Review of relative biological effectiveness dependence on linear energy transfer for low-LET radiations

Nezahat Hunter*, Colin R. Muirhead

*Corresponding author for this work

Research output: Contribution to journalReview articlepeer-review

51 Citations (Scopus)

Abstract

Information on Japanese A-bomb survivors exposed to gamma radiation has been used to estimate cancer risks for the whole range of photon (x-rays) and electron energies which are commonly encountered by radiation workers in the work place or by patients and workers in diagnostic radiology. However, there is some uncertainty regarding the radiation effectiveness of various low-linear energy transfer (low-LET) radiations (x-rays, gamma radiation and electrons). In this paper we review information on the effectiveness of low-LET radiations on the basis of epidemiological and invitro radiobiological studies. Data from various experimental studies for chromosome aberrations and cell transformation in human lymphocytes and from epidemiological studies of the Japanese A-bomb survivors, patients medically exposed to radiation for diagnostic and therapeutic procedures, and occupational exposures of nuclear workers are considered. On the basis of invitro cellular radiobiology, there is considerable evidence that the relative biological effectiveness (RBE) of high-energy low-LET radiation (gamma radiation, electrons) is less than that of low-energy low-LET radiation (x-rays, betas). This is a factor of about 3 to 4 for 29kVp x-rays (e.g.as in diagnostic radiation exposures of the female breast) and for tritium beta-rays (encountered in parts of the nuclear industry) relative to Co-60 gamma radiation and 2-5MeV gamma-rays (as received by the Japanese A-bomb survivors). In epidemiological studies, although for thyroid and breast cancer there appears to be a small tendency for the excess relative risks to decrease as the radiation energy increases for low-LET radiations, it is not statistically feasible to draw any conclusion regarding an underlying dependence of cancer risk on LET for the nominally low-LET radiations.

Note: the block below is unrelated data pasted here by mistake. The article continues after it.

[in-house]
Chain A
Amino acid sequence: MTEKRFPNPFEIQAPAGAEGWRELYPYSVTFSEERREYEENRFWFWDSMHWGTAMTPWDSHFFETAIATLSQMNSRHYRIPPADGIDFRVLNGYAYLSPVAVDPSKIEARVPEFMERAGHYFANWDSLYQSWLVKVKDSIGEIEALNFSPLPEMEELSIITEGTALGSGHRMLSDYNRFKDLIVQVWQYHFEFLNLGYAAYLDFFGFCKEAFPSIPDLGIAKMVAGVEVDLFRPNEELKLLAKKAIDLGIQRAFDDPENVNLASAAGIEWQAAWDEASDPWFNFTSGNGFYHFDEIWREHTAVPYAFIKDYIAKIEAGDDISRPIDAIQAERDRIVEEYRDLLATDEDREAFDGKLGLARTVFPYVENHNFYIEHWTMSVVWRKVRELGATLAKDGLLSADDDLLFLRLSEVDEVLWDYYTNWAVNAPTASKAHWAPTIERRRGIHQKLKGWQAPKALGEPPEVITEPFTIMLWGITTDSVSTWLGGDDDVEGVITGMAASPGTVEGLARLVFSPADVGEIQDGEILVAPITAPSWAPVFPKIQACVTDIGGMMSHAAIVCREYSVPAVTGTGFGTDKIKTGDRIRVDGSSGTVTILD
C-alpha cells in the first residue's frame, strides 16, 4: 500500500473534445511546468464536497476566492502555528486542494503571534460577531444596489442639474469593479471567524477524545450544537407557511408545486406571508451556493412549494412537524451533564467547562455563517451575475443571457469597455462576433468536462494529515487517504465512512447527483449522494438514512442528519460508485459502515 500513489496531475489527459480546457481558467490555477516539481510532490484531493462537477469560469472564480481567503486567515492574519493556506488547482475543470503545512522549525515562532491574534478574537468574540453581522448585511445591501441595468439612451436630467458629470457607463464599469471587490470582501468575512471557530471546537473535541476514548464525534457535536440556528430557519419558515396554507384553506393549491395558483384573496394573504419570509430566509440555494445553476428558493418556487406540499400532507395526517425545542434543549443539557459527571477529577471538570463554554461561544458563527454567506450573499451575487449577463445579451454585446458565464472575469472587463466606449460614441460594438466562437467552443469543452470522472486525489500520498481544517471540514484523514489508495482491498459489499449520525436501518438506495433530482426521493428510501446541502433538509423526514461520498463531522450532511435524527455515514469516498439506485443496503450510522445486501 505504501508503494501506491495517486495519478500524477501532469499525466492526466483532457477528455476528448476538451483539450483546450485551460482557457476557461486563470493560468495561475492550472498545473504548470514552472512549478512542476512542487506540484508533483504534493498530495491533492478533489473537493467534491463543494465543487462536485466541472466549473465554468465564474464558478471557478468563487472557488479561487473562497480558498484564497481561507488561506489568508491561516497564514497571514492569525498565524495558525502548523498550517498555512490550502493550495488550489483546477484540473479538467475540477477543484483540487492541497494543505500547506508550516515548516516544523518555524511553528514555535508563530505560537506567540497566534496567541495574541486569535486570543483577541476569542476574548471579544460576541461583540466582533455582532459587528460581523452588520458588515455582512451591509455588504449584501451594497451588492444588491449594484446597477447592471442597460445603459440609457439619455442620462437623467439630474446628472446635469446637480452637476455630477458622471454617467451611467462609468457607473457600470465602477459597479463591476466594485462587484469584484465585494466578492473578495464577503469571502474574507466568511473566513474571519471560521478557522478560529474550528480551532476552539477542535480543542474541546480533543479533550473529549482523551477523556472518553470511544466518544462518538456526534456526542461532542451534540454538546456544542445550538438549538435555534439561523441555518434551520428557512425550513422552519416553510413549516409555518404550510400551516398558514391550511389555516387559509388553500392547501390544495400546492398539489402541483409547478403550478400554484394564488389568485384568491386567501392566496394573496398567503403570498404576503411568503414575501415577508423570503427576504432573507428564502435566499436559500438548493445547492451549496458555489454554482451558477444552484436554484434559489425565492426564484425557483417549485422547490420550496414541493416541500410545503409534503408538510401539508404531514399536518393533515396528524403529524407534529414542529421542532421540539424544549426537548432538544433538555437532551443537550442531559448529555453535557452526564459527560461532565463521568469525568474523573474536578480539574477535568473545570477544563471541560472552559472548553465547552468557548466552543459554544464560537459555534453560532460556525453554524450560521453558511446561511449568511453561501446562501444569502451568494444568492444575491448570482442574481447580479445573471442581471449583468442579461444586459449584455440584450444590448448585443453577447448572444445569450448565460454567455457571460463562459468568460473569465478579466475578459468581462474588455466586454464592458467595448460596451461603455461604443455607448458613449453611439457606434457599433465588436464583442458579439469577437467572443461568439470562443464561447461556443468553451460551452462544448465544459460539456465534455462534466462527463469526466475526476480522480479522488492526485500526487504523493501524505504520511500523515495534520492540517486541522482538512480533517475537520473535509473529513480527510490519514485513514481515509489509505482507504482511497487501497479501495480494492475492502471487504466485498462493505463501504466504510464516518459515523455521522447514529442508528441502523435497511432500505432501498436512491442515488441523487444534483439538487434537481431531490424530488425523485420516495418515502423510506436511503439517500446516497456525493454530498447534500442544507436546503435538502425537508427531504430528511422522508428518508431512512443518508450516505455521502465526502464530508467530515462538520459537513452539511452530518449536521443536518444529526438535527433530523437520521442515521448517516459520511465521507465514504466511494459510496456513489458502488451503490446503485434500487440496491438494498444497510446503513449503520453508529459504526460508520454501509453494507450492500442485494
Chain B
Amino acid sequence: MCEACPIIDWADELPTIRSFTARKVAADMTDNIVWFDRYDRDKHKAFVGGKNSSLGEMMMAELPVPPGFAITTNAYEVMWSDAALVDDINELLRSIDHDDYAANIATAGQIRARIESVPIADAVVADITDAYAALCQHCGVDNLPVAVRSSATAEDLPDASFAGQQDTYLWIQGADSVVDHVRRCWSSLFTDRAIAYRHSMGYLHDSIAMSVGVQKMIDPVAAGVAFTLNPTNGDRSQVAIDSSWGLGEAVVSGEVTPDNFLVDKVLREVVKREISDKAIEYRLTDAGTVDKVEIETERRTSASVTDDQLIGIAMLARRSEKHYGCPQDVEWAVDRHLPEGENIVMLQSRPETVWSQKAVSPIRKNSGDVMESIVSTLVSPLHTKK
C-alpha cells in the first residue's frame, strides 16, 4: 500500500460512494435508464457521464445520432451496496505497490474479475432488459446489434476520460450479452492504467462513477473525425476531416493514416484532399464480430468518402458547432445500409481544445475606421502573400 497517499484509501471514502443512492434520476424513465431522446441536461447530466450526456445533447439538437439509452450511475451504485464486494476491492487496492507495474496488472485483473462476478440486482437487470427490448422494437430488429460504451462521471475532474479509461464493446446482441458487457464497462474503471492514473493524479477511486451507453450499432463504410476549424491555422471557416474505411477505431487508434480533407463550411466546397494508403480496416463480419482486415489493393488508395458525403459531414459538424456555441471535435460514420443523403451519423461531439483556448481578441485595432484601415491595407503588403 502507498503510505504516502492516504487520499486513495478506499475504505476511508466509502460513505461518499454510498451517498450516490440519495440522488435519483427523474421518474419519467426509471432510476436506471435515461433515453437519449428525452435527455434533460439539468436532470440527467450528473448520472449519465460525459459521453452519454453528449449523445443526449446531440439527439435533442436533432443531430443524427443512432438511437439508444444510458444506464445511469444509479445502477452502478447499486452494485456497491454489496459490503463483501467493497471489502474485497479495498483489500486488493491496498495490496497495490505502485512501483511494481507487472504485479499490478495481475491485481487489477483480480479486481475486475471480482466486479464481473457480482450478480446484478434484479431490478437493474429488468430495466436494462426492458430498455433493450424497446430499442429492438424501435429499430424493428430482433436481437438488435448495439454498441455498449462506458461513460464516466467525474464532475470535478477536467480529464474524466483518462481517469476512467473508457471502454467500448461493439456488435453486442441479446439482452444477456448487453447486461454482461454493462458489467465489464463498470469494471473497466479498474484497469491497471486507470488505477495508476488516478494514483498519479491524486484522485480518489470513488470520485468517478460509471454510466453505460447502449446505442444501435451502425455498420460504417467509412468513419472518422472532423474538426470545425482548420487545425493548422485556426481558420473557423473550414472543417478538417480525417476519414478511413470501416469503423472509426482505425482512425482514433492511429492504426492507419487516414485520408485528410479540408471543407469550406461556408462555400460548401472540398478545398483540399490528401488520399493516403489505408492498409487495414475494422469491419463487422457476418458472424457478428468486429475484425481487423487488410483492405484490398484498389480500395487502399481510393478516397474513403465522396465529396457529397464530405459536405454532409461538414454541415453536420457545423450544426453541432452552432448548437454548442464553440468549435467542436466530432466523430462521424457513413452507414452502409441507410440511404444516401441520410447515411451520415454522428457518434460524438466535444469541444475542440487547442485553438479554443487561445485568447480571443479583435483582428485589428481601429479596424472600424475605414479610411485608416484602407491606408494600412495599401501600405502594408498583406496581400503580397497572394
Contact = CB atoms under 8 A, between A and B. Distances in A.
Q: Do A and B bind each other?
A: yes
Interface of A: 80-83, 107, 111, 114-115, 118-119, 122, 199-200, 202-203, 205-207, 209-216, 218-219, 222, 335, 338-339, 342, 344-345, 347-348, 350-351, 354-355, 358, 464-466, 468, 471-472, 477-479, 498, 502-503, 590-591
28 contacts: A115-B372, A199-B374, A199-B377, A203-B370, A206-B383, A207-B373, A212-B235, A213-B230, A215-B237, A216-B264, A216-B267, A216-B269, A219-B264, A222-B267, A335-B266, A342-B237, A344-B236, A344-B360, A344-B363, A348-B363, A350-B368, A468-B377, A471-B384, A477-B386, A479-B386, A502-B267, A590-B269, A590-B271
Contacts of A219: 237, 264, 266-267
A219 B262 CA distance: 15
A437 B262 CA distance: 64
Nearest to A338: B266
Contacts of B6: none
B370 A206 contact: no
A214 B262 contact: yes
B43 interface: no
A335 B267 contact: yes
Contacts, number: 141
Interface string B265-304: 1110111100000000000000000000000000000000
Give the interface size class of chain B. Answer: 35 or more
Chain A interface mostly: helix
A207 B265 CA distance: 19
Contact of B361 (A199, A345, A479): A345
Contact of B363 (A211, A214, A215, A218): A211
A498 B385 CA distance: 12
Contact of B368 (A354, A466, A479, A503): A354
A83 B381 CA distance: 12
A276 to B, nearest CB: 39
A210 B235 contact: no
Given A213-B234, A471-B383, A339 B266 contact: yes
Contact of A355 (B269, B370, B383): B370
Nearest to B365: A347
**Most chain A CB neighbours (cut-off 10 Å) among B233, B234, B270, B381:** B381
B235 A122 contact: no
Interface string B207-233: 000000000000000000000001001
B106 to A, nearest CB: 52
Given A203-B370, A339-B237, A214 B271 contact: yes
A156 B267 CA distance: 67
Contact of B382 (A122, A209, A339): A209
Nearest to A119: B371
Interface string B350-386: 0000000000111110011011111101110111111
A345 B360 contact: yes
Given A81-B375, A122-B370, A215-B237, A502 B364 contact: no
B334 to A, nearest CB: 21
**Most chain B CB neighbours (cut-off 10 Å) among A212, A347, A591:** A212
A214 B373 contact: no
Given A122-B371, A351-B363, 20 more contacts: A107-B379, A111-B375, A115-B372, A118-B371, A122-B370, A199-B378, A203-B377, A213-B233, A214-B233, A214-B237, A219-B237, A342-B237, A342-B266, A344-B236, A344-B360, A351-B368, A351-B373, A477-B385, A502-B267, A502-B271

Original languageEnglish
Pages (from-to)5-21
Number of pages17
JournalJournal of Radiological Protection
Volume29
Issue number1
DOIs
Publication statusPublished - 2009

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